Magazine article New Statesman (1996)

Bags of Masculinity: Where to Keep Your iPod, Keys, Phone, Diary, Wallet? Annalisa Barbieri Has Just the Thing for You, Chaps

Magazine article New Statesman (1996)

Bags of Masculinity: Where to Keep Your iPod, Keys, Phone, Diary, Wallet? Annalisa Barbieri Has Just the Thing for You, Chaps

Article excerpt

Some years ago I wrote a fashion advice column called Dear Annie for a newspaper. This was a bit like being a doctor at a party, but instead of being asked what I thought the pain in your lower lumbar might be, I'd be quizzed about where you could find the definitive jacket, and so on.

One day, I went in to the photography department of the Victoria and Albert Museum to meet a man who made all photographers dribble at the mere mention of his name, the then curator of photographs and photo-expert/genius/God, Mark Haworth-Booth. Could I help him, he asked. Well, I said, I knew those pictures that I'd taken in 1978--the ones of grapes hanging off a vine--were quite good, but surely ... No he said, scribbling on a piece of paper. He was looking for the ultimate accessory, something that had so far eluded him.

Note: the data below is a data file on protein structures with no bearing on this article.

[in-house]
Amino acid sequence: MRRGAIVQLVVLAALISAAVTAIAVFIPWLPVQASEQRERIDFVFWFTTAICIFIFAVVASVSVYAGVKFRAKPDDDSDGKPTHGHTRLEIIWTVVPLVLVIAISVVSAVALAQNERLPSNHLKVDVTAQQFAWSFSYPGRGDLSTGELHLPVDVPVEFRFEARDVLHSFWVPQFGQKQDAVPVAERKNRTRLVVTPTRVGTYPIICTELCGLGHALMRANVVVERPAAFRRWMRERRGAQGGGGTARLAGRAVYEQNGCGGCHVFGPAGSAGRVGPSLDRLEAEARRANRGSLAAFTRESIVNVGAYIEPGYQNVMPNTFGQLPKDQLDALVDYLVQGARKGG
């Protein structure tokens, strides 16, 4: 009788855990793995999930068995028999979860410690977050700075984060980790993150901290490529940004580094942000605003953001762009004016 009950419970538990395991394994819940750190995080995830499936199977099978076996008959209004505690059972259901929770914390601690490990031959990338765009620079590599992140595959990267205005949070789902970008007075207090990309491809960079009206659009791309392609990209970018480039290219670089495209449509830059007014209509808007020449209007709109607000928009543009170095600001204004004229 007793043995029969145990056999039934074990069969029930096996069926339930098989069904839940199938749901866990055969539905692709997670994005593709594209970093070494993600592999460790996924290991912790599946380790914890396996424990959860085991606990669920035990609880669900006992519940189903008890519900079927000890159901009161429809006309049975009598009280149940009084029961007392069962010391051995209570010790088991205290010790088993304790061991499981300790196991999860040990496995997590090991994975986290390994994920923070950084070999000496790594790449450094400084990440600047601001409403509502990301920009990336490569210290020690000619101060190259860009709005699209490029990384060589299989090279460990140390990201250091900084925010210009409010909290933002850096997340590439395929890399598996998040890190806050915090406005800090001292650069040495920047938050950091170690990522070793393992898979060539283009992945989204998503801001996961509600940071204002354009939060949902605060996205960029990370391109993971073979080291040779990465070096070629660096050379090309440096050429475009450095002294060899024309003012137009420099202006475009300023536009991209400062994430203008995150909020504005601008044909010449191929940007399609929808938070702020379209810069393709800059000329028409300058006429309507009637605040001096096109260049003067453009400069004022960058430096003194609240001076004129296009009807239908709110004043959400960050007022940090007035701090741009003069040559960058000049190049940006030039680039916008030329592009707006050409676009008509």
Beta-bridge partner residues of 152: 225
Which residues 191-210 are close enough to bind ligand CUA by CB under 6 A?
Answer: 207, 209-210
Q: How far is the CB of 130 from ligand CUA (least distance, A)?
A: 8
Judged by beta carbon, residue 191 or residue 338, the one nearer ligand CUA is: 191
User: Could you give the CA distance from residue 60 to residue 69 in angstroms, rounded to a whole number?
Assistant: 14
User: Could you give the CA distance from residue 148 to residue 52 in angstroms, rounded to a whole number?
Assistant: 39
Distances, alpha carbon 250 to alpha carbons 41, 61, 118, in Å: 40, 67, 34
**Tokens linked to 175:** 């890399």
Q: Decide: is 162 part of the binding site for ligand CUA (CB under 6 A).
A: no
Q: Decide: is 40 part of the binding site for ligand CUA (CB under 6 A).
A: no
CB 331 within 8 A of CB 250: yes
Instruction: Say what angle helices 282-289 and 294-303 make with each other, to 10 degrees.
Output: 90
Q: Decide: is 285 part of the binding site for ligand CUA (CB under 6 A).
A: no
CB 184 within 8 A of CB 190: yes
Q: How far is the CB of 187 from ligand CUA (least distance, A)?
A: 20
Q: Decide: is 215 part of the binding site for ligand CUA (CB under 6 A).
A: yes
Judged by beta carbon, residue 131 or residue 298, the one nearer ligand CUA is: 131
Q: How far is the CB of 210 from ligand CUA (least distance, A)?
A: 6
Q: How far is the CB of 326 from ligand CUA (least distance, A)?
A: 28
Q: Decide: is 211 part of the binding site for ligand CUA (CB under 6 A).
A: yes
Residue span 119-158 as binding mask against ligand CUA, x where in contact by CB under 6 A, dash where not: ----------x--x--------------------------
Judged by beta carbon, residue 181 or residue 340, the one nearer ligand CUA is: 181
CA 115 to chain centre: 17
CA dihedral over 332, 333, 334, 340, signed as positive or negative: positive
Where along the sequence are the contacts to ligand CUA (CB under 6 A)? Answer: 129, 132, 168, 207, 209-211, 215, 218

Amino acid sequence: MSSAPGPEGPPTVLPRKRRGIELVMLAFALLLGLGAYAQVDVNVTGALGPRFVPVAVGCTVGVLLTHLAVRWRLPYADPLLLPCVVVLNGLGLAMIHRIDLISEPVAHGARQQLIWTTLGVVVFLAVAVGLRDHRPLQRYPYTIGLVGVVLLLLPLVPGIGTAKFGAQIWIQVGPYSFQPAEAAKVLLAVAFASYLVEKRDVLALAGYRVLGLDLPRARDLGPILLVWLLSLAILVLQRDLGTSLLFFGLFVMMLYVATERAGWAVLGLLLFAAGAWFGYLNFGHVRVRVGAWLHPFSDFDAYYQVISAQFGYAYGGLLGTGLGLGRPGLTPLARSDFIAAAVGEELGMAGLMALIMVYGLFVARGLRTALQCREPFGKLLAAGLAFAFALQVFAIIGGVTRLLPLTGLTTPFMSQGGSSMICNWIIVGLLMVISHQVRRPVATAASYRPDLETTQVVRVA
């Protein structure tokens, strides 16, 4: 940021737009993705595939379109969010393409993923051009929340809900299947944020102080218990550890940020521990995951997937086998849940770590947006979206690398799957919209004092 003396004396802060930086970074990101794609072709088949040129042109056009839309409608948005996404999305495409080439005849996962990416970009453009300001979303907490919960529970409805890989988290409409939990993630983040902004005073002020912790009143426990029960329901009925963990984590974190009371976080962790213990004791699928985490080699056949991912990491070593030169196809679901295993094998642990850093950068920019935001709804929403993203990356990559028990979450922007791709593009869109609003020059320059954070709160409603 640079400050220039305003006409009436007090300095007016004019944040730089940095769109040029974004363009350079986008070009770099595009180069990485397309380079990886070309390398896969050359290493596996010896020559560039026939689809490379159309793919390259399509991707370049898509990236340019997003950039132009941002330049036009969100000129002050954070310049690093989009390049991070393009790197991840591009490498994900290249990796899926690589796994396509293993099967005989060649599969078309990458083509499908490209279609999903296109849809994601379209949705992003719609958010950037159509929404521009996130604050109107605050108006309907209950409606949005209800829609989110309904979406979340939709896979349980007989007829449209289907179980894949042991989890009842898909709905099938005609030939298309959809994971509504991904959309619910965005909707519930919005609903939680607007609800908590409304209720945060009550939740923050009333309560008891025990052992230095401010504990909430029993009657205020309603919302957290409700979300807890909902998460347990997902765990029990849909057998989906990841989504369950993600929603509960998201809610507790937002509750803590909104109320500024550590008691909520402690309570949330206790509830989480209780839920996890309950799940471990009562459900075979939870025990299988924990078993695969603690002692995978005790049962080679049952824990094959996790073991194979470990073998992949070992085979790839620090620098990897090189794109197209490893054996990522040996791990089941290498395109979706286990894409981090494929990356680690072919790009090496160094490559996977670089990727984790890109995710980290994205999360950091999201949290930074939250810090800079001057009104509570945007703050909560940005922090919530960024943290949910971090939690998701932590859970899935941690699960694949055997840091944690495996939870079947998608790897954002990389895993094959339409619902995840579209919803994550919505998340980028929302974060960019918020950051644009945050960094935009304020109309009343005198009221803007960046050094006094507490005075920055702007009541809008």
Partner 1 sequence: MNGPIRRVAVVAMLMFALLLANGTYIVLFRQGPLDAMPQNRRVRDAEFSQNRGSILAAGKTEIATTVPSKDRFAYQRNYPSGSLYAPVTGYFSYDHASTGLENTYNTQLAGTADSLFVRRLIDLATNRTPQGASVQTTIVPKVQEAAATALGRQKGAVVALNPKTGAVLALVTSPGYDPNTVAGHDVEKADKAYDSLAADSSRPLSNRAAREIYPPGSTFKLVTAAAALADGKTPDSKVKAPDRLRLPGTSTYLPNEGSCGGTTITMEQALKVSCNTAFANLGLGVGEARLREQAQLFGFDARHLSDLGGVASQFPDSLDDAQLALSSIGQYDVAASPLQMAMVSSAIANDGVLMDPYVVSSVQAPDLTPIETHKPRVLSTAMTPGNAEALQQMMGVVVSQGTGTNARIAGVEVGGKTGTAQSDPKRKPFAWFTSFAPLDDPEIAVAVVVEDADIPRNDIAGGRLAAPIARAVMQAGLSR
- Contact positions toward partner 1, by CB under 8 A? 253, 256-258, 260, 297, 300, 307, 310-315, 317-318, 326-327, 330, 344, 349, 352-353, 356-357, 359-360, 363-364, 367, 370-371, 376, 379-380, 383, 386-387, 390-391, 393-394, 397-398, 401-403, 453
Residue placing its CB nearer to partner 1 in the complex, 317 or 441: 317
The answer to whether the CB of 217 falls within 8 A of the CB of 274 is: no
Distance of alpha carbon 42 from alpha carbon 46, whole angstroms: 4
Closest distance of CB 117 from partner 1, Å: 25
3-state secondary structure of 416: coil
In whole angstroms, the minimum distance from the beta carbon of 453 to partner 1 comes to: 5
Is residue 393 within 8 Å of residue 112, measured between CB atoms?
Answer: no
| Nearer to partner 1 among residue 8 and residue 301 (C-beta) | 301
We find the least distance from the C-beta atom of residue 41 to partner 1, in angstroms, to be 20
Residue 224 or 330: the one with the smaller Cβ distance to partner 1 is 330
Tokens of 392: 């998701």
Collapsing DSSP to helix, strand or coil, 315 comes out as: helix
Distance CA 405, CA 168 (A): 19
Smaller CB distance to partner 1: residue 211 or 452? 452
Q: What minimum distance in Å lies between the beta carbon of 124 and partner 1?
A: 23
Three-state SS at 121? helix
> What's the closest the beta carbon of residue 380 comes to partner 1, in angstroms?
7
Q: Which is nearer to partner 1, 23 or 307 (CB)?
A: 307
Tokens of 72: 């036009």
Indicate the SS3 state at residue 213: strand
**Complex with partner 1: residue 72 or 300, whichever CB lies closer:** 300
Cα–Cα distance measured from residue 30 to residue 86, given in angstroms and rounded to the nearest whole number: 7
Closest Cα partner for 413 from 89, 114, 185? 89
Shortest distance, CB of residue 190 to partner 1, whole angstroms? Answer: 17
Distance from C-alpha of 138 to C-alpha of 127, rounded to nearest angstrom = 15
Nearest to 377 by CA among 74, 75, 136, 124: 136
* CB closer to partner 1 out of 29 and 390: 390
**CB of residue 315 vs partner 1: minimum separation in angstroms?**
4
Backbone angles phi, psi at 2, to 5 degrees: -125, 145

He drew; I looked, brushing against him just so I could say I had. An object took shape under his pencil nib. Mark wanted a Man Bag.

This was some ten years ago, when man bags were neither as available nor socially acceptable as they are now. Of course to me, as an Italian, man bags, with their little straps threaded over tanned wrists, were an everyday sight (not that my dad ever carried one, I must point out, because he is supermacho). But back then, a good man bag was hard to find, because very few men this side of the Alps wanted to carry a wrist-bag.

Things changed over the years, largely because of how much stuff men started to carry around with them. Whereas they had previously--quite rightly--taken the mickey out of women and all the crap that they lug about in their handbags, now they found themselves with more than just keys and a credit card to transport: mobile phones, personal organisers, iPods: the ubiquitous fluff of today's men. …

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